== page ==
One common fallacy is the notion that jobs are scarce and so it is important to protect jobs.
Labor is scarce, so there are more than enough jobs for people to do.
If labor is to be used to produce as much as possible of whatever it is that people consider most important, then sometimes what labor is used to produce must shift due to new opportunities.
In a command economy that would occur by people being transferred from less important tasks to more important tasks.
In a market economy, what happens is that people lose jobs and have to find new ones. It isn't that they have done anything wrong. And it is unlikely that that their old jobs producing nothing of value at all. It is rather than their time can be better spent doing something else.
Fortunately, the long run trend has been for labor to be compensated by more and better goods and services. Unfortunately, for some workers sometimes, there might be a set back and they end up in new jobs that provide less than the old jobs, at least for a time.
And while this could be a consequence of competitive markets, it might sometimes be the result of a loss of rents.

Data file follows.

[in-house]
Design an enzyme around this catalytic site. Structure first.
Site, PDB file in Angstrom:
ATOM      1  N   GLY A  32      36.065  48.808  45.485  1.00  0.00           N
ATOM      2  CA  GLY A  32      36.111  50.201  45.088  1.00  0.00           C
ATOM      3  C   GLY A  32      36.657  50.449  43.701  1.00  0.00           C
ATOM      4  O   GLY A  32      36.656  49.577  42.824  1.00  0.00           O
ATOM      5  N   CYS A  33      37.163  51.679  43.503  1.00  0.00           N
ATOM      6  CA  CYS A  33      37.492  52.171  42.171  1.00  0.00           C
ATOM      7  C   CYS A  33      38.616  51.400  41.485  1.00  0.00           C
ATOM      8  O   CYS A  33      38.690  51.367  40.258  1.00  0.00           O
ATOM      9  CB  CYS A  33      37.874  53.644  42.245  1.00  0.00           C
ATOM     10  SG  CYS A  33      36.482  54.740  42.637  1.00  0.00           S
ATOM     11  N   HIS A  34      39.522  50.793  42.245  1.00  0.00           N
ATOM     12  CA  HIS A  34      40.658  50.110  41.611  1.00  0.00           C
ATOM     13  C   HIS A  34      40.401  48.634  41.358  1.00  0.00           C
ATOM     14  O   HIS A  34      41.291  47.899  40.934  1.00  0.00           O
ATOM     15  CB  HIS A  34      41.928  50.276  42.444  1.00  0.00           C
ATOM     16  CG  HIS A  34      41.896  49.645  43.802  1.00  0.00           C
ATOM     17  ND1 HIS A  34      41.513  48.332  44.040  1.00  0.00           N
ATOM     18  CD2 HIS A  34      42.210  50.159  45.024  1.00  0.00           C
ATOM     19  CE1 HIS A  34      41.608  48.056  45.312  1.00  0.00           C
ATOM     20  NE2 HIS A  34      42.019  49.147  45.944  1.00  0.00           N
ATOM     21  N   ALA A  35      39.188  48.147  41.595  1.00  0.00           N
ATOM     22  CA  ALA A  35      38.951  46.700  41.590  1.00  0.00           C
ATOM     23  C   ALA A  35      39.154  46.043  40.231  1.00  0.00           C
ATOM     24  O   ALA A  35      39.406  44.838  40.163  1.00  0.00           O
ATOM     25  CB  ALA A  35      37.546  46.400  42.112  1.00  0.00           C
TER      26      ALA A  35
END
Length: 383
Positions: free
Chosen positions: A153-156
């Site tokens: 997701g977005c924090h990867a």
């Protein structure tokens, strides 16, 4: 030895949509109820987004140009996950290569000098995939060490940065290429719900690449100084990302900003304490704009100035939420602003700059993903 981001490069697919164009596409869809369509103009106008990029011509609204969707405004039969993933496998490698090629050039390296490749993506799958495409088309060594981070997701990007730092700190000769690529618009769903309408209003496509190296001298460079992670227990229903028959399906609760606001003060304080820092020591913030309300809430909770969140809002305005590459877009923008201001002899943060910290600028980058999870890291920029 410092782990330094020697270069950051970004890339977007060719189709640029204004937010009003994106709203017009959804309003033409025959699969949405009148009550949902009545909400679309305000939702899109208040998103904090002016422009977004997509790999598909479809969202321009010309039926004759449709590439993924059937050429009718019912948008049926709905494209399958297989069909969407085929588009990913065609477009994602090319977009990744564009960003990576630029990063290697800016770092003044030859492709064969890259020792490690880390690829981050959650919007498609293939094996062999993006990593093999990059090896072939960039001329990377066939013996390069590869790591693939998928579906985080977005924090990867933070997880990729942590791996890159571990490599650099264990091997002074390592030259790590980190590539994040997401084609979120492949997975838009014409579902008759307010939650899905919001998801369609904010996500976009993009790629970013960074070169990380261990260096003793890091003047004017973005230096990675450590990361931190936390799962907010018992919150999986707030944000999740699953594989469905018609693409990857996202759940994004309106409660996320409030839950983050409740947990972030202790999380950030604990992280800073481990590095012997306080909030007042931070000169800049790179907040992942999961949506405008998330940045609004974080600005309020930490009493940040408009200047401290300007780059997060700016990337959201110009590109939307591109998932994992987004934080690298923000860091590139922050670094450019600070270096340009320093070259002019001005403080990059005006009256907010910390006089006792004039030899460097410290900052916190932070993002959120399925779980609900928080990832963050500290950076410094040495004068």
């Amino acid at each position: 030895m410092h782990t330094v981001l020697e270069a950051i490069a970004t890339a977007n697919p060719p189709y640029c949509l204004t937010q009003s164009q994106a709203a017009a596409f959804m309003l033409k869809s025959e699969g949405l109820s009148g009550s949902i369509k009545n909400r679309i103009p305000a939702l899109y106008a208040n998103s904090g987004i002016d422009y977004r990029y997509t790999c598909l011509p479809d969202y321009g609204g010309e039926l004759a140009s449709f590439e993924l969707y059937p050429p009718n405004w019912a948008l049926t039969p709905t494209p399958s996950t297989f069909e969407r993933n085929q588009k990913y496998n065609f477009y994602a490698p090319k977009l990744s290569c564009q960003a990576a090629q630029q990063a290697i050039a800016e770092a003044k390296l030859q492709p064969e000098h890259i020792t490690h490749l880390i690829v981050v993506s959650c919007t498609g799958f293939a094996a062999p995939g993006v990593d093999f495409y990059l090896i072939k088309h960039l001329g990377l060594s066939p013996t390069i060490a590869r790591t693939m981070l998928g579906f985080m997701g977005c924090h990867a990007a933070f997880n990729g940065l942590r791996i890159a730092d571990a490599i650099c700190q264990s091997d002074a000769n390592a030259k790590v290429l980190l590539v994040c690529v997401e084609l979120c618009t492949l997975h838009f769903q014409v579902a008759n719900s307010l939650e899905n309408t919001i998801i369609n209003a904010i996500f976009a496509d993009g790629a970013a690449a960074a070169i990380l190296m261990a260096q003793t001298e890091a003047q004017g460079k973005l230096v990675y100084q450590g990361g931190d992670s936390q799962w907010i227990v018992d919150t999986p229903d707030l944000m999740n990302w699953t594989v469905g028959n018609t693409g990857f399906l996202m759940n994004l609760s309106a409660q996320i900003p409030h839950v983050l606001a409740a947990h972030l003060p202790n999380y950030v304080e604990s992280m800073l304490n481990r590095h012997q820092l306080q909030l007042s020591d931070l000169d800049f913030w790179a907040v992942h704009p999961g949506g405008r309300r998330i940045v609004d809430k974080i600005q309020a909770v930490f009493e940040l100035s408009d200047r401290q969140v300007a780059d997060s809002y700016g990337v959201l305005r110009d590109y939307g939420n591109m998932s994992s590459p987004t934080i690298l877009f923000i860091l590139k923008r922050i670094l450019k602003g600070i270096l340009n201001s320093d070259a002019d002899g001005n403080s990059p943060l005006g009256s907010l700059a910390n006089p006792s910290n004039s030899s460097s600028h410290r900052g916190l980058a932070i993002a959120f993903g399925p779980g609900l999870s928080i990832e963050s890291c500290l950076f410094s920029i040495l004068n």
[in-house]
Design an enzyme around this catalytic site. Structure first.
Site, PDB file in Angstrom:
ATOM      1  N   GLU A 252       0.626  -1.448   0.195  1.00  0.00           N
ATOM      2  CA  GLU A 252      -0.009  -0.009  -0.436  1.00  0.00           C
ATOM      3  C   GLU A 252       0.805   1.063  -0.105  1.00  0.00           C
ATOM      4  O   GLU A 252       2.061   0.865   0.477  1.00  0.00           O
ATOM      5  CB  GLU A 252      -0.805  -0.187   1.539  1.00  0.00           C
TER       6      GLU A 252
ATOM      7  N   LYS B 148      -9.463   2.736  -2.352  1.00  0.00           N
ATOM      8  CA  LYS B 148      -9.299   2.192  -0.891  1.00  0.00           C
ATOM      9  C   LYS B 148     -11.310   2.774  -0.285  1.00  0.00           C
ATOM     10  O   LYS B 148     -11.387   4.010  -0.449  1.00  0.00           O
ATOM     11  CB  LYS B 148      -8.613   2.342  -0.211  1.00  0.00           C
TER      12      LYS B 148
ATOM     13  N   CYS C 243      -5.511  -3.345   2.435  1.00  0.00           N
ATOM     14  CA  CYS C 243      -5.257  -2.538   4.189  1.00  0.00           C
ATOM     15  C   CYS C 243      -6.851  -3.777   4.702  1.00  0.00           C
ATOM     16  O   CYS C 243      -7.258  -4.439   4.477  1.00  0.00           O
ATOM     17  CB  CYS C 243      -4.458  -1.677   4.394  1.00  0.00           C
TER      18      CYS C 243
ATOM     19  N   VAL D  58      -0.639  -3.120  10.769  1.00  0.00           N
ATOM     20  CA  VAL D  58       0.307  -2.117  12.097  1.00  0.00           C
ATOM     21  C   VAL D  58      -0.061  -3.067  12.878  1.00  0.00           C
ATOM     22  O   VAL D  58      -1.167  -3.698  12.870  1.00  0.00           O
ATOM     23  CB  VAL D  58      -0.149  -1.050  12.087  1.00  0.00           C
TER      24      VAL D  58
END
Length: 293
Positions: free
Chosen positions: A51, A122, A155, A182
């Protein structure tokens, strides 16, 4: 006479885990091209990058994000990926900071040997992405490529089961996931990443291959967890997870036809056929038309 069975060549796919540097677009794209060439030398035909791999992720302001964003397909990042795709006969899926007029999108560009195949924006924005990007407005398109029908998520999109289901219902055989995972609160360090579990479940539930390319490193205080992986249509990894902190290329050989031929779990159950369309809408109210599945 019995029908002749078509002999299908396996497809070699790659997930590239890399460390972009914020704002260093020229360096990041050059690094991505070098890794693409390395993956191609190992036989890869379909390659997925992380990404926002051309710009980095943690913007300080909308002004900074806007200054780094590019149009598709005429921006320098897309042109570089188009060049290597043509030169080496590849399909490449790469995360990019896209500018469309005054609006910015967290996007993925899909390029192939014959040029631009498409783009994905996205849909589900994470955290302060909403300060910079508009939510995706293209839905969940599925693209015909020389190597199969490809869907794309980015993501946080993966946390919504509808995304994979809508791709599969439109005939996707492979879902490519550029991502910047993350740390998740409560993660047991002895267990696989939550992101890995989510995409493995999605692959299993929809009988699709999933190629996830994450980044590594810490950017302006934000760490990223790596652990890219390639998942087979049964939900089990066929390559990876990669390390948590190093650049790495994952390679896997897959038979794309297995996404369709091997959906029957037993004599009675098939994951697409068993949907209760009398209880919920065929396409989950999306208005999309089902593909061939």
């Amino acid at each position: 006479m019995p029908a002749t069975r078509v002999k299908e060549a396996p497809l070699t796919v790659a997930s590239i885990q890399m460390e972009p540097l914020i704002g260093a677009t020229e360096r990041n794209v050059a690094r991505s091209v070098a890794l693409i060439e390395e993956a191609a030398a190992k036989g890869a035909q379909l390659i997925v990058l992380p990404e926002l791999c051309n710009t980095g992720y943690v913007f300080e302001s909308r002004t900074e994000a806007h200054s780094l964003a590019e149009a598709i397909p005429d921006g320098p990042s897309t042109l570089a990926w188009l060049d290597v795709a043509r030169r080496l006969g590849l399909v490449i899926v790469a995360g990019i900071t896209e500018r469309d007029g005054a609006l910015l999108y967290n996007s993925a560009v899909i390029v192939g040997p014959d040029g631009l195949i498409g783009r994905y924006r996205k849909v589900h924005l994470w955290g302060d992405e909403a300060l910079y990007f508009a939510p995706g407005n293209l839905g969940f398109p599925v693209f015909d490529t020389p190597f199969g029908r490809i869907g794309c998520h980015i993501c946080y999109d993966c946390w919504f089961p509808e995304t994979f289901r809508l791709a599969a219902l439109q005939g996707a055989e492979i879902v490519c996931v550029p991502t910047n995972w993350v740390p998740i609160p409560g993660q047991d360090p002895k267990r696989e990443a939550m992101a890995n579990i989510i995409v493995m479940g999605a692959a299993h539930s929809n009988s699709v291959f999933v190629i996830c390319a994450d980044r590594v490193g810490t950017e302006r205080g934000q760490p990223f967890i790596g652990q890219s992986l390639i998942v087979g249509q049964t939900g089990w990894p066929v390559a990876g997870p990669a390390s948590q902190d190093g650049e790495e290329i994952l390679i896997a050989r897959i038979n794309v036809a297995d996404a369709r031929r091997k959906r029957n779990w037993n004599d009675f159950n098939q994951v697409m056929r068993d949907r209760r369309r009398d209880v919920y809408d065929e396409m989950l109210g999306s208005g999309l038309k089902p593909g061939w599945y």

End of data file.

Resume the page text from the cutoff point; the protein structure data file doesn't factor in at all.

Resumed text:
For example, suppose the steel industry is unionized. The steel workers earn rents mostly at the expense of those who use products that include steel. Somewhat fewer of those products are purchased, less steel is produced than otherwise, and fewer steelworkers are employed. Displaced steelworkers find other work, slightly depressing wages in the rest of the economy. That extra labor results in more production of other products and slightly reduced prices of those goods and services that utilize less steel. Steelworkers earn higher real incomes and a less efficient allocation of resources results in slightly lower real incomes for everyone else.
Now, suppose foreign steel producers begin to expand their market share. Domestic steel production and employment contract. The displaced workers find other jobs and produce more. More steel and more other goods and services are produced increasing total economic well being. But some of the steel workers have lost their rents.
Suppose the rents collected by the steelworkers makes it profitable to introduce labor saving technology--something that would be too expensive if steelworkers earned a competitive wage. More steel is produced and the unionized steel workers that are displaced find other jobs and produce other goods and services. Total output and income increase. But some of the steelworkers have lost their rents.
So, labor is scarce. Jobs aren't scarce. But perhaps rents are scarce.